fructoseCross-posted at WLF’s contributor site

When some future legal scholar writes the history of how the public health activist-plaintiffs’ bar-government regulator axis of paternalism tried to use litigation to alter America’s food choices, S.F. v. Archer Daniels Midland et al. may not even merit a mention. But for now, it stands as the most notorious illustration of how a baseless lawsuit can effectively demonize one disfavored food ingredient.

The Complaint. S.F. is the mother of S.E.F., a fourteen-year old who suffers from Type 2 diabetes. Archer Daniels Midland (ADM) and the other three defendants (Cargill, Ingredion Inc., and Tate & Lyle Ingredients Americas) make up the entire corn refiners industry. They refine corn into, among other things, high fructose corn syrup (HFCS), a food ingredient public health activists have long vilified. In her complaint, S.F. rattled off inflammatory allegation after another, including such unsubstantiated charges as “HFCS is a toxin.” She eventually got around to asserting that HFCS is “unreasonably dangerous” and caused her daughter’s diabetes. She demanded $5 million in damages.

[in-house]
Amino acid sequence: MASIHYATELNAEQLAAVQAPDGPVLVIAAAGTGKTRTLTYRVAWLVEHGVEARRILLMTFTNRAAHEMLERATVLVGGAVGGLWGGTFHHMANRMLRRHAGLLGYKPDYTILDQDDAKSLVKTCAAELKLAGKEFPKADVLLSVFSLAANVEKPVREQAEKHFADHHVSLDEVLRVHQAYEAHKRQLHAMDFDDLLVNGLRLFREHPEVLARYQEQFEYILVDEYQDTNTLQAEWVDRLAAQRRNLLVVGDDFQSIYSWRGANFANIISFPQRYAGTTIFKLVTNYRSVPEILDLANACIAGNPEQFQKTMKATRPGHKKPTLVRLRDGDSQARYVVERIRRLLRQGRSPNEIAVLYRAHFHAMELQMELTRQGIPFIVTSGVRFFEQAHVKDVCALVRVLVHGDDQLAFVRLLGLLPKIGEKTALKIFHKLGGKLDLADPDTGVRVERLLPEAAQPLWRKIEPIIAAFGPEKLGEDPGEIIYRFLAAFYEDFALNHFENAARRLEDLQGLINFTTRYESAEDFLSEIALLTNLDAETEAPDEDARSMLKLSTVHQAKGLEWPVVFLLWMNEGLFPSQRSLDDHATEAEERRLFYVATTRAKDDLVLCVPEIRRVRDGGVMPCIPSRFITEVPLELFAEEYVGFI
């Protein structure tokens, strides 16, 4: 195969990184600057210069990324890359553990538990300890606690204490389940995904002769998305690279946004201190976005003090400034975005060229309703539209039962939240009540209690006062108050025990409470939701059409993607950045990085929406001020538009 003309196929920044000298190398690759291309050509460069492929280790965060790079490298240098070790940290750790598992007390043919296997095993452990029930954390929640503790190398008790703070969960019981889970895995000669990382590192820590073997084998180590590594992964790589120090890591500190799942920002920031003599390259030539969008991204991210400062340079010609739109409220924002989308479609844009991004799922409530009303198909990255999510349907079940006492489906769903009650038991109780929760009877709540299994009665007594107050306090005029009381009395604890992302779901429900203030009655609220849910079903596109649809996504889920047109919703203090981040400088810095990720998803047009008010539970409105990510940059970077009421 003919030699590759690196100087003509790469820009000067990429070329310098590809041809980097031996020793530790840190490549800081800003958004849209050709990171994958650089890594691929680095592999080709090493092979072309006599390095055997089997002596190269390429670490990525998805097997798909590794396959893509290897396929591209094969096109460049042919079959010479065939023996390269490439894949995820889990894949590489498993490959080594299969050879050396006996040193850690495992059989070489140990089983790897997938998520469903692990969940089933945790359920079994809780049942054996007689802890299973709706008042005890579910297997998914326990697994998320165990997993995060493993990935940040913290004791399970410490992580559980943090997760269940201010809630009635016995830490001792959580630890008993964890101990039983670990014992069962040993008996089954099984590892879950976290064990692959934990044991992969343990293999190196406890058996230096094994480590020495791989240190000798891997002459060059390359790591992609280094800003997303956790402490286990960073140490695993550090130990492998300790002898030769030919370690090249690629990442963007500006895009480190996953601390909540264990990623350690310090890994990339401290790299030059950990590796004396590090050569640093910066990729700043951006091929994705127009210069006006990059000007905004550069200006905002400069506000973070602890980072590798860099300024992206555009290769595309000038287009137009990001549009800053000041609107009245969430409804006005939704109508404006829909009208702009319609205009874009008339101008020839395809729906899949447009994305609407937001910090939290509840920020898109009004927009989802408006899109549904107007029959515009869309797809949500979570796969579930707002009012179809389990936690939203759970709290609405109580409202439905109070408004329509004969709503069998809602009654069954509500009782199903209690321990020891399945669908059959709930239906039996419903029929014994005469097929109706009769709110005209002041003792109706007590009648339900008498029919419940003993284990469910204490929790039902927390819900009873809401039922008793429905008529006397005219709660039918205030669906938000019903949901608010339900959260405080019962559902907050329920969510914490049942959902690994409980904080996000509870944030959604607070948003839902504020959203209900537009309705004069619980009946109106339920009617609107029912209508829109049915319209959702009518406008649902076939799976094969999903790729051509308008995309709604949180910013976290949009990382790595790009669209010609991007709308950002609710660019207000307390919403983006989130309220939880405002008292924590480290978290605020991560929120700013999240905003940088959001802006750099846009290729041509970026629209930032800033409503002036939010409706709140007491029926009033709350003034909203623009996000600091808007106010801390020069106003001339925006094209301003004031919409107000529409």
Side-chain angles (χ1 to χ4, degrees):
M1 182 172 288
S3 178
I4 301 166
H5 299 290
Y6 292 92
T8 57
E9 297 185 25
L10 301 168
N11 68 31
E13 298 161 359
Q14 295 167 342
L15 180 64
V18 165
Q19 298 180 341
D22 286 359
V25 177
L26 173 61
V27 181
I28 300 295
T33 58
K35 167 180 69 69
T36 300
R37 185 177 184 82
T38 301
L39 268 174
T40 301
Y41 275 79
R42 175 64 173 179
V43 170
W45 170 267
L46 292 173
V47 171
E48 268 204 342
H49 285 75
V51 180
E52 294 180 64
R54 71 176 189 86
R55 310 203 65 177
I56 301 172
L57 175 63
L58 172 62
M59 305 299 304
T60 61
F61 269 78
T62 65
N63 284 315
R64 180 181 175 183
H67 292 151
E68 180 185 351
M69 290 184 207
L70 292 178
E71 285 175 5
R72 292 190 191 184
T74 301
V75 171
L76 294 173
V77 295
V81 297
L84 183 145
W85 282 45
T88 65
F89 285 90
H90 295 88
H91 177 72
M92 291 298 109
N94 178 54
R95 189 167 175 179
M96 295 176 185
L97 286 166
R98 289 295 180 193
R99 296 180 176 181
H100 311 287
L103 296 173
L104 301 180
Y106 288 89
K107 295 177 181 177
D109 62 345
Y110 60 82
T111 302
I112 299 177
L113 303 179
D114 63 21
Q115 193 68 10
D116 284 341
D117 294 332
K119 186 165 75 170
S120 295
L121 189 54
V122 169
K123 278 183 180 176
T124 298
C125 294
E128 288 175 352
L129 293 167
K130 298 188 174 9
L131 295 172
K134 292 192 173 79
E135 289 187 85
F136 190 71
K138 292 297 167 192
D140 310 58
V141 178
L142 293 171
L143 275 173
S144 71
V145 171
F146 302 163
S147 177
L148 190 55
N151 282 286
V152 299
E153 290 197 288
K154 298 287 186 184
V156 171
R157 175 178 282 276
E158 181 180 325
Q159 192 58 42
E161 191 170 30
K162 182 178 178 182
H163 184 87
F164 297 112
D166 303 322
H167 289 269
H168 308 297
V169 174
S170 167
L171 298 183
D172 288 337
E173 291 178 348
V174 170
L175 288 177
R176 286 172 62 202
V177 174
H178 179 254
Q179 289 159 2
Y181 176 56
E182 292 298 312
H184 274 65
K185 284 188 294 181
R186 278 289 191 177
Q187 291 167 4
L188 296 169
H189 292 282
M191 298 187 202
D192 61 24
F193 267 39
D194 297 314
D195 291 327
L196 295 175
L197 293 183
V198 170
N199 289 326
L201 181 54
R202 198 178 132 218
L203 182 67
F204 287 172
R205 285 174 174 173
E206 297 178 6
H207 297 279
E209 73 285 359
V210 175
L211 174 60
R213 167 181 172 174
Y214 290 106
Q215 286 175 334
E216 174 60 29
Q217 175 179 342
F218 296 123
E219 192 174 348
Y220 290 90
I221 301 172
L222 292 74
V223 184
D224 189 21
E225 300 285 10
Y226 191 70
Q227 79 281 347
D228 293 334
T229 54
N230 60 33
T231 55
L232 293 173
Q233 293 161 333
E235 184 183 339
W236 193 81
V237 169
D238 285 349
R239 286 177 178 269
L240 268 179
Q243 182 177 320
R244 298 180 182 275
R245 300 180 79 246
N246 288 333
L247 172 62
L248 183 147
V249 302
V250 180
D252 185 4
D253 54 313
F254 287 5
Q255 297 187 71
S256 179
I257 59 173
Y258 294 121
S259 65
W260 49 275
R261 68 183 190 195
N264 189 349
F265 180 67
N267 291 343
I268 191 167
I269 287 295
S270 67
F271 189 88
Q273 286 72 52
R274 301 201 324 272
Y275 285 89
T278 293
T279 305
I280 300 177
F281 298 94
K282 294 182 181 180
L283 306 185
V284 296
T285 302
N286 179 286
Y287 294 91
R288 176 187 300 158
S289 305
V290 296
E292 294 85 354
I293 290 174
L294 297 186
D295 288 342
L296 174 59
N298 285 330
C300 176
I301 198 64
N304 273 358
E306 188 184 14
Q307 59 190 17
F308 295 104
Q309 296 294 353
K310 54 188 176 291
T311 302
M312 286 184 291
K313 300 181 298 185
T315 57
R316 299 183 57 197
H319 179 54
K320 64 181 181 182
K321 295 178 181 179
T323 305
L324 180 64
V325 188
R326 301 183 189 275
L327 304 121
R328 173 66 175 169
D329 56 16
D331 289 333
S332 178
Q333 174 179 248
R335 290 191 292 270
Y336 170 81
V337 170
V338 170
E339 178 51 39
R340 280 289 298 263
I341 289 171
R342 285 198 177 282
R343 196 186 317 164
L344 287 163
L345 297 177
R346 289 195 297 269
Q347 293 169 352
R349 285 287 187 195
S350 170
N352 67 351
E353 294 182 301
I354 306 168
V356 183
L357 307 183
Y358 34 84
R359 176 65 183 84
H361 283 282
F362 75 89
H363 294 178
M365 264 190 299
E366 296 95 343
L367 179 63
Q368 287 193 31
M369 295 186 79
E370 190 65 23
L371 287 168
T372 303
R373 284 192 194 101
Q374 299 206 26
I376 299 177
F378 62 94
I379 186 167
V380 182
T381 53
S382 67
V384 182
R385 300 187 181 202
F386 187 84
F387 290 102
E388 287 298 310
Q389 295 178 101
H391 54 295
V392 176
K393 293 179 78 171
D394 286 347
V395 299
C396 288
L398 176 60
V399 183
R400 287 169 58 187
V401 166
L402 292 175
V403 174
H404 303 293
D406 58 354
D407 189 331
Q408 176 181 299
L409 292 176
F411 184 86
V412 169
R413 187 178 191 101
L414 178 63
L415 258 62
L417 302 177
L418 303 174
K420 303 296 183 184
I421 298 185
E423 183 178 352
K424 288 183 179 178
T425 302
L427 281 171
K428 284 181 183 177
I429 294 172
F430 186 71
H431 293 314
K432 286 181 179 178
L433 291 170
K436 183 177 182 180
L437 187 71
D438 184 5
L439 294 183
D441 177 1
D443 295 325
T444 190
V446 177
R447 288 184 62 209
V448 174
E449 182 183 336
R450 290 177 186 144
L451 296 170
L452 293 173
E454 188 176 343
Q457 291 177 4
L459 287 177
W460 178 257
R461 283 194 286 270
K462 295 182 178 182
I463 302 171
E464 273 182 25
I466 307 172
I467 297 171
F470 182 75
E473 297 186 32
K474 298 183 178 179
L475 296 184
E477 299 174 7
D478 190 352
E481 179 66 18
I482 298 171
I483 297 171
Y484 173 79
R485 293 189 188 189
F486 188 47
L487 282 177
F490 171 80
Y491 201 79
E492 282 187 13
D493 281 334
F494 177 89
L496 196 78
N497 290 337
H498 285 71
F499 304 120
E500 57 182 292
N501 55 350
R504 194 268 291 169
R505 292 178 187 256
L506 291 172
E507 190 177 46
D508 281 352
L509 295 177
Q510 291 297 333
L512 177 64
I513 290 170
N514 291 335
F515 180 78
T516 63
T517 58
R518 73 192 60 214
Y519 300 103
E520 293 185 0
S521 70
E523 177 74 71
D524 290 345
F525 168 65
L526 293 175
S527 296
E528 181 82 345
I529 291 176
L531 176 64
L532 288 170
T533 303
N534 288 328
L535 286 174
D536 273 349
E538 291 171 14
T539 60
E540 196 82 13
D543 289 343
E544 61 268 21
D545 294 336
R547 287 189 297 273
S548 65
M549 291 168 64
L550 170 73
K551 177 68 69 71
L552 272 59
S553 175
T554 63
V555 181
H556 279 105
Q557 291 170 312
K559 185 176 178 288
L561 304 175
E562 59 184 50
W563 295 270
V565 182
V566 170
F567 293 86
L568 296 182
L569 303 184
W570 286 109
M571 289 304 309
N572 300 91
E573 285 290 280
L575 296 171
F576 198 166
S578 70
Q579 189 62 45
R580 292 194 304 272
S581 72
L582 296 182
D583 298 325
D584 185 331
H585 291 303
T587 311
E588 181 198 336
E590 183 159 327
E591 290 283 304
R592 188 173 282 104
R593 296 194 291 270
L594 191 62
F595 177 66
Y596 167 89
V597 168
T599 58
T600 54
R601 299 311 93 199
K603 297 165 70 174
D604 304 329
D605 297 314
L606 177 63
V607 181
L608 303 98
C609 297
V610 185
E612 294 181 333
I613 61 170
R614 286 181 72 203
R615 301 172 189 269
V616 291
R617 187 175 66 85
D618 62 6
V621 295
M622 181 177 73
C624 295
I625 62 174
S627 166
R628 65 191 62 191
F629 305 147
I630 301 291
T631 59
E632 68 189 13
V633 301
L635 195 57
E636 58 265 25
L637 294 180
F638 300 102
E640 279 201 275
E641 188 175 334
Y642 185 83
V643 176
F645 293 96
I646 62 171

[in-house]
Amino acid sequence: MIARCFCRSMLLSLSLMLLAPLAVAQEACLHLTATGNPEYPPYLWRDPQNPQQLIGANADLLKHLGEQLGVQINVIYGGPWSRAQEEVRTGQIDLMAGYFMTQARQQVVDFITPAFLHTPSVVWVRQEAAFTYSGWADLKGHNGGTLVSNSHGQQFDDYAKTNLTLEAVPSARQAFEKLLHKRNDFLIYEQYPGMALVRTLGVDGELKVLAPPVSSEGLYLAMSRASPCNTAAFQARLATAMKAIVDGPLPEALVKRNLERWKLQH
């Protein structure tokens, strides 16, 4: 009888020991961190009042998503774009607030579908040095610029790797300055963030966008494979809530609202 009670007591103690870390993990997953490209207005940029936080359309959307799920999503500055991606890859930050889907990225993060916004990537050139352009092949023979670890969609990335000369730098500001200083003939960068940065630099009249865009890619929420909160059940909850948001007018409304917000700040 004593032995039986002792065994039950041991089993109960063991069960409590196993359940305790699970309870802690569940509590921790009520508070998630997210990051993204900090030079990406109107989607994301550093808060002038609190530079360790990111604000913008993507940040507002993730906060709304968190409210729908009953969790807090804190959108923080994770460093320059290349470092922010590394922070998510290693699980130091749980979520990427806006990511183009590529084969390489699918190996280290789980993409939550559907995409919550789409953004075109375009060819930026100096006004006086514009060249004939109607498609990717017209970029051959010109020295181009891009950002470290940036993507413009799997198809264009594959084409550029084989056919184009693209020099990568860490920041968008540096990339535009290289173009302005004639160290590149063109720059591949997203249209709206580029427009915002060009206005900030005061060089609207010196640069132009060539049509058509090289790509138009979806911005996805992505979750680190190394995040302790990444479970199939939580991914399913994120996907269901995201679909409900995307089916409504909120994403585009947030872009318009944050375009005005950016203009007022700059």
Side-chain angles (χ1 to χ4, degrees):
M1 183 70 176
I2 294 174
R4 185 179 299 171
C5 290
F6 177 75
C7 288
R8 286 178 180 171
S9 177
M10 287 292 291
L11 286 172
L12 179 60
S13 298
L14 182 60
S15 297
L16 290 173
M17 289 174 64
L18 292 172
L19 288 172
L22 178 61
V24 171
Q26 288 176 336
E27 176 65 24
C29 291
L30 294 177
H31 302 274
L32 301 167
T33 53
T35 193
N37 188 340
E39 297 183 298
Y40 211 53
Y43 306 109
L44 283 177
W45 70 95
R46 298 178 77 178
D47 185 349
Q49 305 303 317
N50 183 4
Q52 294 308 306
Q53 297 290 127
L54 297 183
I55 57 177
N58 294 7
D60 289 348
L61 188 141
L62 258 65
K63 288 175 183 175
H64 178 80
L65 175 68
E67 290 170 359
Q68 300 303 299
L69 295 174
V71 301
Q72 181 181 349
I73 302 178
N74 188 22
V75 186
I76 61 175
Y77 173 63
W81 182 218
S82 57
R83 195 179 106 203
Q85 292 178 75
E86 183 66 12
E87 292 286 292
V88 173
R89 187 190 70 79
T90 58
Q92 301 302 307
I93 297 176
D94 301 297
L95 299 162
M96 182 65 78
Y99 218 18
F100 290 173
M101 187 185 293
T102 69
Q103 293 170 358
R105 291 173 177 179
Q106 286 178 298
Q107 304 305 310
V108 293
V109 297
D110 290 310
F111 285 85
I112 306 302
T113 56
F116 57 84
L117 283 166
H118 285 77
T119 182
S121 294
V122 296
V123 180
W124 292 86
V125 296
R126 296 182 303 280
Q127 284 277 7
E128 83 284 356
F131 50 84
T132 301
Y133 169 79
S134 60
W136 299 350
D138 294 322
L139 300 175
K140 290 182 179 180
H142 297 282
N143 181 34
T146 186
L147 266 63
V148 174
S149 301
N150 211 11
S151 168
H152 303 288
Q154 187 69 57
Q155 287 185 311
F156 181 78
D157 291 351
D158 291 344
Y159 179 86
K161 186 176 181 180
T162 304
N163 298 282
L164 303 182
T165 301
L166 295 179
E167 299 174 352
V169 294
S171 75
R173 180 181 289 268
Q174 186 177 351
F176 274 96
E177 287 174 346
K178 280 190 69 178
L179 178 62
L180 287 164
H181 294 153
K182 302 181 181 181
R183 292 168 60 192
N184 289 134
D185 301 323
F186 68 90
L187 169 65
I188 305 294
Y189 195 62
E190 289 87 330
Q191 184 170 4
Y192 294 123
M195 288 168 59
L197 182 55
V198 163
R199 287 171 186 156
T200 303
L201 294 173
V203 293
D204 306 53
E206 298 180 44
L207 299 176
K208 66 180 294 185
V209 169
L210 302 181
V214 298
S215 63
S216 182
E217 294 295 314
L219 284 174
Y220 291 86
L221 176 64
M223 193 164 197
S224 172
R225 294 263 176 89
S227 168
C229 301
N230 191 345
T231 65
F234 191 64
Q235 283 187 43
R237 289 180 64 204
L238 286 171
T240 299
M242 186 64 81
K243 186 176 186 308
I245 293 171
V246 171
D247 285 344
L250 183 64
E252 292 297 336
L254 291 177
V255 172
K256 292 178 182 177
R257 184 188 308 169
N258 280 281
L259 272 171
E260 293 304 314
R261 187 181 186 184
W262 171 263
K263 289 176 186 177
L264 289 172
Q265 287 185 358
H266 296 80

The suit achieved its immediate, and perhaps only, goal of garnering sympathetic media attention. Most reports parroted the plaintiff’s outlandish statements and quoted professional food activists who are attacking HFCS in others venues, such as before the Food and Drug Administration (FDA). Of course only scant reporting has been done on the suit since, with just a few stories in the trade press about the defendants’ motions to dismiss, documents which have effectively exposed the suit as legally and factually baseless.

Undeniable Legal Flaws. The legal flaws in the plaintiff’s case, detailed in the defendants’ initial motion to dismiss and their November 1 reply memo, are abundant and clear, so we’ll only briefly summarize them here: